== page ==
He tried to use his cyber expertise whenever he could. “I wasn’t the first to do it,” he said, “but I pushed it hard.” And because cyber came up all the time—it could be as simple as a drug case in which defendants used VPN to try to conceal their communications—he was able to partner with prosecutors working in different areas.
Five years in, he broadened his focus in order to gain experience as a manager. He was made deputy chief in the general crimes section, where he managed 20-25 rookie prosecutors who handled all kinds of cases. A year later, in 2017, he was brought back to cyber as deputy chief of the cyber and intellectual property crimes section. After another year he was chief.
Finding the Right Firm
When he began thinking about his next move, he liked the idea of taking what he’d learned and expanding into civil as well as criminal work. But he wanted to find the right fit.
The initial attraction of Halpern May was that White had worked with name partners Grant Gelberg and Aaron May at the U.S. Attorney’s Office. He’d enjoyed their time together, and the boutique that the partners had built seemed like a good place to land. Then White learned that the firm had just merged with litigators from the shop where White had begun his career—Latham & Watkins. It seemed like kismet.
At a boutique of 17 lawyers, White understands that “everybody can do everything.” But as chair of the newly appointed cyber security and data privacy department, he will work with three of his new colleagues who have experience and a special interest in this area. But there’s a lot he’s only starting to work out.
Can you develop a practice solely in cyber security and privacy? Or does it need to be broader? These are some of the questions he’s grappling with. There’s plenty to keep companies, and their lawyers, busy in these areas. He ticked off a list.
Covid has forced companies to close their offices. Employees working remotely can pose a real vulnerability, White said. Data can be stolen from home networks, or intercepted when an employee working from an insecure home network connects to the corporate network.
Privacy laws are growing more complicated all the time, White continued. The Privacy Shield was just invalidated. The California Consumer Privacy Act’s enforcement regulations just went into effect. And if Proposition 24 is adopted in the November election, California will have a new privacy law to add to the list.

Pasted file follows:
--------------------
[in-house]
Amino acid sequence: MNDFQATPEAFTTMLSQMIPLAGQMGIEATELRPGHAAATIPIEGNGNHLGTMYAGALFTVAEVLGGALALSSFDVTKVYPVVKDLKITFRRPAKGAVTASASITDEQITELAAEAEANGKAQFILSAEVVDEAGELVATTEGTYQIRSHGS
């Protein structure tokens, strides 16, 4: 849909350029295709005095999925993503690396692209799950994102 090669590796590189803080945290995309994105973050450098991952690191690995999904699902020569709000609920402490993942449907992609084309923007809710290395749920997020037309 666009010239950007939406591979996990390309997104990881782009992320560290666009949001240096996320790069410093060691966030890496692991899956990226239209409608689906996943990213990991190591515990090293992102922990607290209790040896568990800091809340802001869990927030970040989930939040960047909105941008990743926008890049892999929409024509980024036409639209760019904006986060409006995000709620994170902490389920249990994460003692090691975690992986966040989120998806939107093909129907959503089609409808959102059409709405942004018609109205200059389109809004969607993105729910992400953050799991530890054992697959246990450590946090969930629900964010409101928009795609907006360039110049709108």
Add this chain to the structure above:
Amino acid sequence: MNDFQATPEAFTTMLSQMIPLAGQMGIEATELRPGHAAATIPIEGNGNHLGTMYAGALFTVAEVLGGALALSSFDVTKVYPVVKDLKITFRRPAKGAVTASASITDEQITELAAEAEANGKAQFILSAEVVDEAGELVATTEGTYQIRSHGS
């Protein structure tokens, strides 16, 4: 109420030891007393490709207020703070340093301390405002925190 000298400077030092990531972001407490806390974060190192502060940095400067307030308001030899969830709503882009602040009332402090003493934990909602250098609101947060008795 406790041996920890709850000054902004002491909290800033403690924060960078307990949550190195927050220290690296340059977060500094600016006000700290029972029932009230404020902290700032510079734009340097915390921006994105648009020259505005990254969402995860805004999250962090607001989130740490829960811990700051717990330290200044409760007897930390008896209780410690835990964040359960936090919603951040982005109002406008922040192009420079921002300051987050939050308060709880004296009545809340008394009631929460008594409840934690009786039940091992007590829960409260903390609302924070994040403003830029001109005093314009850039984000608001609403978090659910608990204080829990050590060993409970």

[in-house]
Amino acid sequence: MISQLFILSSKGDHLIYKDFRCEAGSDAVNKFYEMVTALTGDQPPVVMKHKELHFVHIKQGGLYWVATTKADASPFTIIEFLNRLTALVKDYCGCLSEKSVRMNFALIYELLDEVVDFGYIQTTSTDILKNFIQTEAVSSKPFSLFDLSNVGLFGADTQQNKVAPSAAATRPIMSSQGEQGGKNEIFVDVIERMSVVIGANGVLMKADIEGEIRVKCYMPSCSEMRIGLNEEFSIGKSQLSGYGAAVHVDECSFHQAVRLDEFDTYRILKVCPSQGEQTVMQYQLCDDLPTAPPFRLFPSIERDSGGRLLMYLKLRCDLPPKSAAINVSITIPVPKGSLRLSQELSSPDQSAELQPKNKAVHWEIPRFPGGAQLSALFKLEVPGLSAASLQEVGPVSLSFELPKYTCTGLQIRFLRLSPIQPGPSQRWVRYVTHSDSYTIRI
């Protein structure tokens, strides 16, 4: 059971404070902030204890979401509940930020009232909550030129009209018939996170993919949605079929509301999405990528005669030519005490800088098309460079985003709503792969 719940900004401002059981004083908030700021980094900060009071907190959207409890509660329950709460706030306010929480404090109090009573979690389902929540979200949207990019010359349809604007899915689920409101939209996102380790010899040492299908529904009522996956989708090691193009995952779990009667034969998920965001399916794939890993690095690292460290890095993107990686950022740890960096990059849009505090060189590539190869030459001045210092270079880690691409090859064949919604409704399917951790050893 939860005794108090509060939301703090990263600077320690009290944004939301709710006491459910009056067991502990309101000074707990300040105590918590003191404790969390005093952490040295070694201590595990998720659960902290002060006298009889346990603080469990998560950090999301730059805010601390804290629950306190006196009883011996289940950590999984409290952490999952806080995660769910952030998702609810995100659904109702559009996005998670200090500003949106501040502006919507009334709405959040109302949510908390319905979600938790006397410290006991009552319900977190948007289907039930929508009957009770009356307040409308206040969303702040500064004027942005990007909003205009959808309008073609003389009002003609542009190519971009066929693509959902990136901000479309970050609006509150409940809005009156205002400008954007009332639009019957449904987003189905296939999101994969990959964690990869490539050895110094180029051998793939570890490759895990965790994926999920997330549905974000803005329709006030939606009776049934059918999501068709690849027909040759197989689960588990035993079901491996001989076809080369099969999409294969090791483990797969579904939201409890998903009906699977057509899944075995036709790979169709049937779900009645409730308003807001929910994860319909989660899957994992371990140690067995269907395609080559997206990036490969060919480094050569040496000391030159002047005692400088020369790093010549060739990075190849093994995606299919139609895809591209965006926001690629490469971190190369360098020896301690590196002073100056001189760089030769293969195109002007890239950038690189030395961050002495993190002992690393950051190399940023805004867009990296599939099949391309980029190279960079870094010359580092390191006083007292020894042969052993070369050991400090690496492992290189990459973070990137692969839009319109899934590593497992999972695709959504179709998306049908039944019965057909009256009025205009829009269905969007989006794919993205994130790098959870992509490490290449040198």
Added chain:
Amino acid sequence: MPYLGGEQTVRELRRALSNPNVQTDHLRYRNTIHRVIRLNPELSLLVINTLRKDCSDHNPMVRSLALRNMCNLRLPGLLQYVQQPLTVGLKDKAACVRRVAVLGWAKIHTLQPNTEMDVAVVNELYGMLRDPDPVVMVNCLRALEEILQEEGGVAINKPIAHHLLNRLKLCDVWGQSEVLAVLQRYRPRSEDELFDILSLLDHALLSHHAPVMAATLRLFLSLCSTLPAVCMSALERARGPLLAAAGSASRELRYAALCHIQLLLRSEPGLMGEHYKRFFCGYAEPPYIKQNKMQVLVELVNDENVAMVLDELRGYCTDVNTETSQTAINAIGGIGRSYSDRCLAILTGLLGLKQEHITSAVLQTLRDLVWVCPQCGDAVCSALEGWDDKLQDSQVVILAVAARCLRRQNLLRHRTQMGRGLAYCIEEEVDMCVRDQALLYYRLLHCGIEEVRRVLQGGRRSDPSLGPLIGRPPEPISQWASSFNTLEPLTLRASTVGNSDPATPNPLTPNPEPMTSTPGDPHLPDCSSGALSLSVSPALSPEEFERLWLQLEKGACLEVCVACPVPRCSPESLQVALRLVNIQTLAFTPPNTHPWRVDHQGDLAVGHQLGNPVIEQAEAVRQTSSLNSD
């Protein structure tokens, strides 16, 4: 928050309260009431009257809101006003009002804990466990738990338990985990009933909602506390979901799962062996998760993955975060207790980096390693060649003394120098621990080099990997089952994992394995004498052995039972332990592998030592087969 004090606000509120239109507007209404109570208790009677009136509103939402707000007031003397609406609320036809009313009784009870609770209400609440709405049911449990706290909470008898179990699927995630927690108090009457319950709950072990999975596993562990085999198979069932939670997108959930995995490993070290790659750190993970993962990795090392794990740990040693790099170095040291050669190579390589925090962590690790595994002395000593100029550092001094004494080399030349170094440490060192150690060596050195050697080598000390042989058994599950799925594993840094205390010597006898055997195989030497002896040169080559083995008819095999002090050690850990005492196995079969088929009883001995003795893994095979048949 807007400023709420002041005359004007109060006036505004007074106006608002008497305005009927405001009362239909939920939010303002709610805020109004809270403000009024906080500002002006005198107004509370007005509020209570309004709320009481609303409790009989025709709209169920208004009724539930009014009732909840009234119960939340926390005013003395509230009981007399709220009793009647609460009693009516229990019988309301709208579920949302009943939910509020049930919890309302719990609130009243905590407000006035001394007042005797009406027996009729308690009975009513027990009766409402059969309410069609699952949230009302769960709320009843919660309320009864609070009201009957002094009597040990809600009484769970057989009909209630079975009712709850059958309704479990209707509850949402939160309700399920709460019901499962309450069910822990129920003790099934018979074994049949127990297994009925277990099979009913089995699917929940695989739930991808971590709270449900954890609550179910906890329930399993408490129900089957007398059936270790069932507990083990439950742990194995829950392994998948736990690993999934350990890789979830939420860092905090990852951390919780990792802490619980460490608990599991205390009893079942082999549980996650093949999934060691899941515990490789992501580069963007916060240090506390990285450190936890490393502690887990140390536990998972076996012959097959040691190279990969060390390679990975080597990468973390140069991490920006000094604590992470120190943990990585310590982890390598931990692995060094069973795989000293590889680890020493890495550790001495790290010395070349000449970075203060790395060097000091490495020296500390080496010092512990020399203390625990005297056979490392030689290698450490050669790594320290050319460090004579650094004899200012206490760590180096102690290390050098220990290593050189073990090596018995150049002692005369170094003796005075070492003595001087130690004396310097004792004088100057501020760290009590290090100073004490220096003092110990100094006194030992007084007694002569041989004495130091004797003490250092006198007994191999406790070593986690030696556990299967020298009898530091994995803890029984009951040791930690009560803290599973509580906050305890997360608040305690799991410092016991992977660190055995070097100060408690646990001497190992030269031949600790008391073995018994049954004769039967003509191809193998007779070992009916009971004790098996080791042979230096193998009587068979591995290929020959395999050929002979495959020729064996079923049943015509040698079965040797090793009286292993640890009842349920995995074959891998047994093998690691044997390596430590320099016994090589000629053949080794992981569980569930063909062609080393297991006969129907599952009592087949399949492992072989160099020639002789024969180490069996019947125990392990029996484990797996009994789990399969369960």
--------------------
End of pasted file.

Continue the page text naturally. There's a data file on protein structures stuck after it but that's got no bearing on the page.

Business email compromise continues to be a major concern for many companies. A business can have a great cyber security program in place, but a single employee clicking on a link can blow through all that. And it’s hard to defend against.
One reason, White explained, is the commodification of malware. Once upon a time cyber attacks required sophisticated criminals backed by nation states and real skill. But now they require neither. Ransomware is easy to buy and deploy. And the bad guys can work internationally with people they never even meet.
White sees a lot of opportunities to help companies face these issues. He can assist them in building relationships with law enforcement and regulators because he worked in that world himself, he said. And he can guide their work with cyber security vendors while protecting confidentiality under the attorney-client privilege.
One of his greatest strengths, White added as we wound up our talk, is that he knows how to connect with people. Once he realized that cyber was everywhere, he used it to collaborate with colleagues at the U.S. Attorney’s Office to pursue cases. That same skill will serve him well, he said, in his work with clients. And as he builds his legal team.
“I love working with people,” he said. And he’s not talking about schmoozing and networking for business. “I love hearing their stories and helping them. It’s part of my DNA.”
That wouldn’t have changed if he’d gone into M&A. But it just so happened that cyber security provided a welcome platform.